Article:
• An employee spreading gossip about a coworker causing other coworkers to avoid them, which affects workplace morale and a worker’s ability to complete their job

What Is Considered Employer Retaliation?

If an employee lodges a complaint or files a lawsuit against their employer, their employer cannot respond in retaliation. Workers are legally protected against retaliation. However, this won’t necessarily stop some employers from punishing an employee who filed a complaint. Some common forms of employer retaliation include:

  • Reducing an employee’s pay
  • Demoting an employee
  • Re-assigning an employee to a less-desirable position
  • Re-assigning an employee to a shift that creates a work-family conflict
  • Excluding an employee from essential workplace activities such as training sessions

Why Should I Contact Jones Law Group?

The employment and labor lawyers at Jones Law Group have successfully handled countless labor and employment claims for individuals needing representation against companies. We understand that after experiencing workplace harassment or discrimination, it can be hard to pursue justice against the perpetrator.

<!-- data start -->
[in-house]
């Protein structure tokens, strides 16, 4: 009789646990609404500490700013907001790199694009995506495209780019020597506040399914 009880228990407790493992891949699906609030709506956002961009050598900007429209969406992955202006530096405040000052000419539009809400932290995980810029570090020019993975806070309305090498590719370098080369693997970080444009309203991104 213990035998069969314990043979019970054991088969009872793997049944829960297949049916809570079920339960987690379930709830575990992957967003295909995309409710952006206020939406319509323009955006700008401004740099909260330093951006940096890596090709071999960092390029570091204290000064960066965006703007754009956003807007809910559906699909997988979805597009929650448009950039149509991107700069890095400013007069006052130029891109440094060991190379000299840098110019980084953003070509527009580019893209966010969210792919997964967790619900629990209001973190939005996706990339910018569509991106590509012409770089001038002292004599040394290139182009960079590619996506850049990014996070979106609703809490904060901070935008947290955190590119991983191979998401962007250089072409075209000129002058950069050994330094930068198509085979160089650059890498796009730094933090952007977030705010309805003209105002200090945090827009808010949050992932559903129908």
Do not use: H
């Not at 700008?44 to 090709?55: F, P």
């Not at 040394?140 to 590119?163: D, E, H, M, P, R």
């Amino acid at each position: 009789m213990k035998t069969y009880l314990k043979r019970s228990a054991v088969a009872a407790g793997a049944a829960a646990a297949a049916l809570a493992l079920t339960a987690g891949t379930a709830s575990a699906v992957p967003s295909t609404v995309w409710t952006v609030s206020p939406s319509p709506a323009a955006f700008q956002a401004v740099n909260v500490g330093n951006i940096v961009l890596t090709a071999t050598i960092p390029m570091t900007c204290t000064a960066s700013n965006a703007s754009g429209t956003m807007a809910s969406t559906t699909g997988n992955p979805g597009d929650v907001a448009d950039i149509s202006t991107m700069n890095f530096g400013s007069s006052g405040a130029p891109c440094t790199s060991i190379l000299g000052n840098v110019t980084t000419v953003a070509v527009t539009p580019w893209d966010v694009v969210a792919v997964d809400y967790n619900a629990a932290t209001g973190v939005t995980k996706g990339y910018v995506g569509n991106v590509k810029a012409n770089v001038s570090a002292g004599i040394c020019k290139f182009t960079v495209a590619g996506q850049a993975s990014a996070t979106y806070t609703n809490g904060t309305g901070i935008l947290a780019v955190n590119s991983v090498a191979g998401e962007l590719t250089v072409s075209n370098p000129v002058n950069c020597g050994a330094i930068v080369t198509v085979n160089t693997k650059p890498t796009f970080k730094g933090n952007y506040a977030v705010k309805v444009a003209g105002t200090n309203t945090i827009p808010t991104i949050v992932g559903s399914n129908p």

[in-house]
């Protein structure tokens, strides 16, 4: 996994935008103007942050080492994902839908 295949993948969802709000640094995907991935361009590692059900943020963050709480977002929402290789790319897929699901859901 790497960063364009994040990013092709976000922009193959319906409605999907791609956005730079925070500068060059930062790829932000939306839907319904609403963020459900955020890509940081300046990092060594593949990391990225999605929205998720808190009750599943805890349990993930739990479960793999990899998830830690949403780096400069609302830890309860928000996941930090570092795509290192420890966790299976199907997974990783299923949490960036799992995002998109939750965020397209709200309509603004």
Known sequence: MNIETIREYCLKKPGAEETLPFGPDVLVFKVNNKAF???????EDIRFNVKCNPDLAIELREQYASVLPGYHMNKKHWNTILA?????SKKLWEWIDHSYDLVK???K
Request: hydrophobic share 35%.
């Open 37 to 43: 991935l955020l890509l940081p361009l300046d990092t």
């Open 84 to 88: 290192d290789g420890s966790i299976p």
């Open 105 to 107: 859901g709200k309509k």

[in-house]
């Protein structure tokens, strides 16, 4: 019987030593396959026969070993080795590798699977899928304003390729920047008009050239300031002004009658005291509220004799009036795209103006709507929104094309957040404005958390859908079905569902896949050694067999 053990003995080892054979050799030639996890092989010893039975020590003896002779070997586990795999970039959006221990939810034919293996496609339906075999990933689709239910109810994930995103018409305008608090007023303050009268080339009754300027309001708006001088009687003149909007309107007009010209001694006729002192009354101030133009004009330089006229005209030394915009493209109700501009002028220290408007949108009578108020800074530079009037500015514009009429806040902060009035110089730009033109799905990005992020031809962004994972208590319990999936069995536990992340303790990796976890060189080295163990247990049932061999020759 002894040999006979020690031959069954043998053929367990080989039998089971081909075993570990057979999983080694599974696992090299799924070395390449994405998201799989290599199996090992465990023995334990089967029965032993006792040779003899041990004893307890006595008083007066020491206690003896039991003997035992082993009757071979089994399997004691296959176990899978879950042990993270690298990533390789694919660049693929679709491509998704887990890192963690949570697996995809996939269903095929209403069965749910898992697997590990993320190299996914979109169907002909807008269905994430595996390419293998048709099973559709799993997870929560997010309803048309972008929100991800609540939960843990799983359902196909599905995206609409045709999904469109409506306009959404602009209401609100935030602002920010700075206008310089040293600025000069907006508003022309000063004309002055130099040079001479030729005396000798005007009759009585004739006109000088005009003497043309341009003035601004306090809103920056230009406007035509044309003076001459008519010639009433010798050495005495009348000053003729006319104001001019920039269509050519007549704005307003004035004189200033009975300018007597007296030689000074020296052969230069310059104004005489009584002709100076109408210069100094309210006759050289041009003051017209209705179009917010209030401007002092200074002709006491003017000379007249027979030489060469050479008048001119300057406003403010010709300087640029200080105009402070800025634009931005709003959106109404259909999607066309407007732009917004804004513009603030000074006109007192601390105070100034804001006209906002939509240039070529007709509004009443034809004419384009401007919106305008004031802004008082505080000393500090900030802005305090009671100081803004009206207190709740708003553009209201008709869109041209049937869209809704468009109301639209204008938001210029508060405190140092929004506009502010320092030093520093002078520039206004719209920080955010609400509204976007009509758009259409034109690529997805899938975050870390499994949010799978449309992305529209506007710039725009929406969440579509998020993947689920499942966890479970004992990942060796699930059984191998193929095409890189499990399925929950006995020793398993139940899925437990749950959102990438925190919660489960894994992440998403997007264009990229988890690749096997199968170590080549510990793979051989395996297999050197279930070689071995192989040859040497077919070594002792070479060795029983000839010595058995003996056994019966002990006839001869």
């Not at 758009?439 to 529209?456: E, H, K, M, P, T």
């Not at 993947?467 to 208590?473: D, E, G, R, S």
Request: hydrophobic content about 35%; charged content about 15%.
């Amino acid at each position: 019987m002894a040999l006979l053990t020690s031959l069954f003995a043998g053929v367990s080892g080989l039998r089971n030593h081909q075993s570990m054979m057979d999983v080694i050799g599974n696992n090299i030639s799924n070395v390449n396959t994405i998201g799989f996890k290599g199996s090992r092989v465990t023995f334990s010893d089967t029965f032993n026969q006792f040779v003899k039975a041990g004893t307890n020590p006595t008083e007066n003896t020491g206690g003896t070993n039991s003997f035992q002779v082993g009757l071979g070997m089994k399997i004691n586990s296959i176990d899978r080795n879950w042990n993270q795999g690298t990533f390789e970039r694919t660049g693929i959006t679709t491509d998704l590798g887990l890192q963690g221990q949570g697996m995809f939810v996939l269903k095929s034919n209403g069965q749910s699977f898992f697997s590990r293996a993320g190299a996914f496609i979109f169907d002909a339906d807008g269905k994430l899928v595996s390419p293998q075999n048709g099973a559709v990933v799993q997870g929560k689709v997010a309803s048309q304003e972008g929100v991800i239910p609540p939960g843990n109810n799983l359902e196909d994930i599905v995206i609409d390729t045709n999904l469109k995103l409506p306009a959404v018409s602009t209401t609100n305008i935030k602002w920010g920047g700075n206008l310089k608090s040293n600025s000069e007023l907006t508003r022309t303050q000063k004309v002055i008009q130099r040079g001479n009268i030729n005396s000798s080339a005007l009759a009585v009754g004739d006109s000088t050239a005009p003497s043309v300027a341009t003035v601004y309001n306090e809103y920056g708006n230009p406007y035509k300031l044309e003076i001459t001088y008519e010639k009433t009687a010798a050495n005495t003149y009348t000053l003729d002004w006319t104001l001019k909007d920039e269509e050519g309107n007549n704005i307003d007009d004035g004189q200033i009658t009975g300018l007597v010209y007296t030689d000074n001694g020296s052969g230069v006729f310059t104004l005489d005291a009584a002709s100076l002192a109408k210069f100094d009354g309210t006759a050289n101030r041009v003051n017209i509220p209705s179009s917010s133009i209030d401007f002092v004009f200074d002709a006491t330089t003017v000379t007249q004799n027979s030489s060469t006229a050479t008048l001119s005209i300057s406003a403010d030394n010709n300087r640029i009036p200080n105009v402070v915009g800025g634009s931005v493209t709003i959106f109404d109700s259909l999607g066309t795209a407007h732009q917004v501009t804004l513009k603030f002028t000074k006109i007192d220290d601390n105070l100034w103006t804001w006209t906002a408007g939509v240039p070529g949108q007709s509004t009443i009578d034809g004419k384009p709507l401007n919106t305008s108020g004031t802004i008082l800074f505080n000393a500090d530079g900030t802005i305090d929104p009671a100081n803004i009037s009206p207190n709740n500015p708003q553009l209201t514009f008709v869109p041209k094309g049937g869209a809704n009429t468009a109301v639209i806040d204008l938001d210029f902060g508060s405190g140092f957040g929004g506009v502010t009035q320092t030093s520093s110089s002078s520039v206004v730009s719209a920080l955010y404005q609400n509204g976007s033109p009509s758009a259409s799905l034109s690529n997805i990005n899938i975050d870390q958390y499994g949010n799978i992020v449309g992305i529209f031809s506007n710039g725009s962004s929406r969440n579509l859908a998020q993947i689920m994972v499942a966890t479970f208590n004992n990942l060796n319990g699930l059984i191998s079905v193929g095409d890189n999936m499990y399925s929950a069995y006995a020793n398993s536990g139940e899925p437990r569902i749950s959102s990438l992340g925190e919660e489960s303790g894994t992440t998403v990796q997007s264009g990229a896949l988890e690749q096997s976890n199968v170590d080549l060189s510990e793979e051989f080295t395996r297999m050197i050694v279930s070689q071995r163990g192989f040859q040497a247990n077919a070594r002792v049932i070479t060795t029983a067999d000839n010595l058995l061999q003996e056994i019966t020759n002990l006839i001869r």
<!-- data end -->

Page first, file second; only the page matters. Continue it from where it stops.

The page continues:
In addition to the many labor and employment claims we’ve represented, we also have experience representing employees in front of agencies such as Equal Employment Opportunity Commission (EEOC), Department of Labor (DOL), Occupational Safety and Health Administration (OSHA), and National Labor Relations Board (NLRB).

If you or someone you know has been affected by workplace harassment or discrimination, do not hesitate to contact our office. We can be reached by calling 727-571-1333, by filling out our online contact form, or by using our Chat feature below.